Significant evidence had developed indicating Tony's story was a hoax. Numerous famous people corresponded with Tony who inspired them and initiated conversations by phone or by email. Vicki claimed that Tony was stricken with AIDS and syphilis, his health was so frail and death so imminent that he could have no visitors without threatening his immune system. But an expert voice analysis on recordings of Vicki and Anthony indicated they were the same person. No records confirmed Tony's existence. Numerous medical records were absent, as well as the alleged doctors and nurses that treated him for life threatening ailments. Photos allegedly of Anthony used on the book jacket were actually of a child named Steve Tarabkija, taken by Vicki Johnson while working at a school before Tony existed.

Marc Zackheim stated he had met Vicki through correspondence with Tony. In a strange move for a mother who confessed to love her son so deeply, Vicki claimed she left her adoptive son with another caretaker in New Jersey in 1998 before moving to Illinois and marrying Zackheim. Tony stopped communicating with anyone after that.

click to enlarge A police sketch of  Zackheim based on the descriptions of NHYM alumni. - ILLUSTRATION BY THERESA ROSADO
  • A police sketch of Zackheim based on the descriptions of NHYM alumni.
  • Illustration by Theresa Rosado

Zackheim had hopes of leaving the U.S. after being acquitted on charges of practicing medicine without a license and sexual battery in Indiana in 2006. He proposed a bid for a group home with Guam's Department of Mental Health. In an interview with a Guam news broadcast, Zackheim said that his experience with troubled teens along with raising his stepson, Anthony Godby Johnson, have been successful. "He certainly has been a wonderful guide to what can be done if the right things happen," he described. "He's an amazing kid. But he's not a kid. He's twenty-seven years old." In a following interview with KUAM News, Zackheim states that Anthony Johnson is 30 years old. When KUAM pressed Zackheim on the inconsistencies of his statements, he diverted questions about his relationship with Anthony Godby Johnson and his trial for medical fraud and molestation in Indiana. Zackheim stated that he thought it was best to refrain from answering these questions until the bid was announced. Zackheim had claimed a role in raising Tony, forgetting Vicki's claim that she left him with a caretaker before moving to Illinois. Supposedly born in 1978, Tony would have been 20 years old by the time Marc Zackheim married Vicki — well beyond the teen years during which Zackheim had inadvertently claimed he raised him.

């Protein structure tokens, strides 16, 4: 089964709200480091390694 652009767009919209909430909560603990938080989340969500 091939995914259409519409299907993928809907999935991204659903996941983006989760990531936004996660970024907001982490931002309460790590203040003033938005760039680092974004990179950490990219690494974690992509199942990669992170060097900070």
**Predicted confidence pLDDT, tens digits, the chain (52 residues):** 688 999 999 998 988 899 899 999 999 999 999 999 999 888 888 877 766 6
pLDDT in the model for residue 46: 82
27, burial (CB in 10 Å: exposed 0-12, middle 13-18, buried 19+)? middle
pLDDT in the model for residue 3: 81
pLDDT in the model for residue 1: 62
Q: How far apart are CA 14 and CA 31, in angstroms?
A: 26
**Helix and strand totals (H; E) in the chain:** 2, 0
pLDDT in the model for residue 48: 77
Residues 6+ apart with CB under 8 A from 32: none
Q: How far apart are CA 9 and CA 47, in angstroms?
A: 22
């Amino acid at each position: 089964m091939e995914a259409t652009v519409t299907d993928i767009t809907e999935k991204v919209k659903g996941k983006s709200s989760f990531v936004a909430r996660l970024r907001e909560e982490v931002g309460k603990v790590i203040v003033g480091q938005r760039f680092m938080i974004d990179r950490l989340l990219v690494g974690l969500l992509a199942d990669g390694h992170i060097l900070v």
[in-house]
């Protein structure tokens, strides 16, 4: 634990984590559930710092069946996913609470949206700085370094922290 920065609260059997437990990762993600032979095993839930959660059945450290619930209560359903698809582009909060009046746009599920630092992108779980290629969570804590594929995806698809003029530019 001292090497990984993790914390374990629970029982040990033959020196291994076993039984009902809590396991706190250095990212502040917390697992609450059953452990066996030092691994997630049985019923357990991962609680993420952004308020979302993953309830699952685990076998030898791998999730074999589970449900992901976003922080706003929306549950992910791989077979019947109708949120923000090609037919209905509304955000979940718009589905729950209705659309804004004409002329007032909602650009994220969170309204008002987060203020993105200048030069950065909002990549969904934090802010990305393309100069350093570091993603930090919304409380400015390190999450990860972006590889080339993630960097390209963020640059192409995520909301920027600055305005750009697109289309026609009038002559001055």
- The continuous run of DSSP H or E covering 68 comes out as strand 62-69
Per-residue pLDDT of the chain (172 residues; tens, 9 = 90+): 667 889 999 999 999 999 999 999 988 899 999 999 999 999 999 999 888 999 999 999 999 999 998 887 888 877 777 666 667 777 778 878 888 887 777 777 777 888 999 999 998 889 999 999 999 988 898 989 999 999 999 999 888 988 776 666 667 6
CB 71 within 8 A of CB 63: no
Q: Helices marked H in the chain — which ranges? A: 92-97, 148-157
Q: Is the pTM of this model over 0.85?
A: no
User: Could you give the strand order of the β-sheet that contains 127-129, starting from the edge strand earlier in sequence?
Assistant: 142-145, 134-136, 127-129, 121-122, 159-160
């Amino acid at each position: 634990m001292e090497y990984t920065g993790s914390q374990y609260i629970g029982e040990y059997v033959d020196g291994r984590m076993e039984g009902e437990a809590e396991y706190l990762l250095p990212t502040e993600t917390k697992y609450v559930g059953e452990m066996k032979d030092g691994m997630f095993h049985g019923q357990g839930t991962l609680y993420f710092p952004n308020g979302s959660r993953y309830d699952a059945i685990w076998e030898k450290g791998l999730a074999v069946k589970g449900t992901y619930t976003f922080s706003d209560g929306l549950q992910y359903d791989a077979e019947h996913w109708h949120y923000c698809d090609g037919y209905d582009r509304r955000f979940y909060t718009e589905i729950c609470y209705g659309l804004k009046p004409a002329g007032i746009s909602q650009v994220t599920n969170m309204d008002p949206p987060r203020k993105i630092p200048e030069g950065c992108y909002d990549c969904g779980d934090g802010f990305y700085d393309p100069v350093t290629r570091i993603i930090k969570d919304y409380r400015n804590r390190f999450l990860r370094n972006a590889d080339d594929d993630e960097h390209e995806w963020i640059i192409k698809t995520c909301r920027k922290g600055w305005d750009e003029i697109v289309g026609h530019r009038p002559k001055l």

RELATED: To Hell and Back Part 2